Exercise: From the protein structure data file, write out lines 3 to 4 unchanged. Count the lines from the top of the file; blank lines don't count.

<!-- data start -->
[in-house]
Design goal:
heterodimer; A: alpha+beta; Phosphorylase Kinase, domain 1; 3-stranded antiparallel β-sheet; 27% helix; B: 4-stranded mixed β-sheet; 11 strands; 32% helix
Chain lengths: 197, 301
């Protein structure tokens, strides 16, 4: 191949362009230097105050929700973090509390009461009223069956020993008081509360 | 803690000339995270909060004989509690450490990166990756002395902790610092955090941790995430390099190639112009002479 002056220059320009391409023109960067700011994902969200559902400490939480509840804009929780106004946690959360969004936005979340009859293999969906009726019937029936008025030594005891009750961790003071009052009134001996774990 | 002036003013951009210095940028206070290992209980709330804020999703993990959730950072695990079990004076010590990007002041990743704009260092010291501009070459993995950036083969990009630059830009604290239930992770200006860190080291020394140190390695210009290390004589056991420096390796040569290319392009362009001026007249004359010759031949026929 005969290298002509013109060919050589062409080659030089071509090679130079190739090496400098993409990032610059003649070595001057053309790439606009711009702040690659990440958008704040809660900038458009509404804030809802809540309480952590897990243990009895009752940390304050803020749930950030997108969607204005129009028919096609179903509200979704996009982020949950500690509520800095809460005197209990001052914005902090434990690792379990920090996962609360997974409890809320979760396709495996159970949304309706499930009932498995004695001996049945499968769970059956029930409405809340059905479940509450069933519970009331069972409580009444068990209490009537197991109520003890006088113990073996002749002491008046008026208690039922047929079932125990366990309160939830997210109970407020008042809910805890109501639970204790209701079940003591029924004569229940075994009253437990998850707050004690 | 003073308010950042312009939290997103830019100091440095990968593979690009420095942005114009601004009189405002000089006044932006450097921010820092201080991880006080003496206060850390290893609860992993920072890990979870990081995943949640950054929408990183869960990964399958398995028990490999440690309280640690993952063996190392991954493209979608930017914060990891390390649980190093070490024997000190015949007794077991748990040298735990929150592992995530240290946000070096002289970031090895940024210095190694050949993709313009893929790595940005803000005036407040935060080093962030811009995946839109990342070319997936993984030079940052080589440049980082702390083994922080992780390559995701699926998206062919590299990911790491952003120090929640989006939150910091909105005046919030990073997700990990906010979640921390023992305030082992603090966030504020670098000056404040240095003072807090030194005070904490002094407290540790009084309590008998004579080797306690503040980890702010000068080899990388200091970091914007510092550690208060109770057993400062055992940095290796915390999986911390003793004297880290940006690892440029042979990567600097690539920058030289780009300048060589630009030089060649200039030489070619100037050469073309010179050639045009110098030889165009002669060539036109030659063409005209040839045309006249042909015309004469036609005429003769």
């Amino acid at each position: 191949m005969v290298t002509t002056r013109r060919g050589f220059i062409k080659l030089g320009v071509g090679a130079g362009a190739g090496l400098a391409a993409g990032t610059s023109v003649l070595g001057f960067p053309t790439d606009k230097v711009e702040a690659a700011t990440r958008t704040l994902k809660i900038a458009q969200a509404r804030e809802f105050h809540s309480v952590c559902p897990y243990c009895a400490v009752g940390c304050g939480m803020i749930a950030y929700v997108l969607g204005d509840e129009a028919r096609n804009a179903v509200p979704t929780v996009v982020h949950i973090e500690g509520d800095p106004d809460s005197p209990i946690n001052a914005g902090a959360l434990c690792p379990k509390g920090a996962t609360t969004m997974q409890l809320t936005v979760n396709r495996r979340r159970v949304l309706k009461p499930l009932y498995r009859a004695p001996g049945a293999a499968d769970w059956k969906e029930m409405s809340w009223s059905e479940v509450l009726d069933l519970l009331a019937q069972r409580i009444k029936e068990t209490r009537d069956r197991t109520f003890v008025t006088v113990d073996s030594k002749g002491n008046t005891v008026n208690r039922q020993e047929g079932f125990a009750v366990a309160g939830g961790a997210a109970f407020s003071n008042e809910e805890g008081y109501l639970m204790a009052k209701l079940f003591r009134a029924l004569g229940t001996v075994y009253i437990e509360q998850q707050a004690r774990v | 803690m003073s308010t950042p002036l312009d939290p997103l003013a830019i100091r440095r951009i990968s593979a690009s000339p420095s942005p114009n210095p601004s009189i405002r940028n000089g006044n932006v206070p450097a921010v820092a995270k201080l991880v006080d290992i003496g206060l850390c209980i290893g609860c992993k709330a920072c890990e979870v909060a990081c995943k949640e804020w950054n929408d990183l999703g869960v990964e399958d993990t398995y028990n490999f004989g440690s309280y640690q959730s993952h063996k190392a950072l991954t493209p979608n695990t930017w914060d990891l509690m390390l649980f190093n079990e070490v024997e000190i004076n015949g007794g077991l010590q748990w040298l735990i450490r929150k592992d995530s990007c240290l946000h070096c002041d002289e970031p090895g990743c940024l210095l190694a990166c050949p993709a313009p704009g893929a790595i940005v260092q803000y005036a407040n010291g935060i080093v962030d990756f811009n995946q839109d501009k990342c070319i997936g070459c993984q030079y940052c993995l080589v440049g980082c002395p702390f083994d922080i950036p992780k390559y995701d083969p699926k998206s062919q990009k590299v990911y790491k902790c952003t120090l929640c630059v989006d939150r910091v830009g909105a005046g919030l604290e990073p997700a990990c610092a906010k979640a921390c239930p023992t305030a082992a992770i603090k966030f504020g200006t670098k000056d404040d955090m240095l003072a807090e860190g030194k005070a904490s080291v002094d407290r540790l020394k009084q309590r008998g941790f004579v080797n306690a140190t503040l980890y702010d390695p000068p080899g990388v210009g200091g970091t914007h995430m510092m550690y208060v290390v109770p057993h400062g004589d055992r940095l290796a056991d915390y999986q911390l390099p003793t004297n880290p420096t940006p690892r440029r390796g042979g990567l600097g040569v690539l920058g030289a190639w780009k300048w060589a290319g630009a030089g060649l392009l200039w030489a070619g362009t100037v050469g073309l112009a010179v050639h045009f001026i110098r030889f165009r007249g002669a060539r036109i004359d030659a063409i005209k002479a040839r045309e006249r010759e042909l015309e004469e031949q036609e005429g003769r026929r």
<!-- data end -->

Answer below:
heterodimer; A: alpha+beta; Phosphorylase Kinase, domain 1; 3-stranded antiparallel β-sheet; 27% helix; B: 4-stranded mixed β-sheet; 11 strands; 32% helix
Chain lengths: 197, 301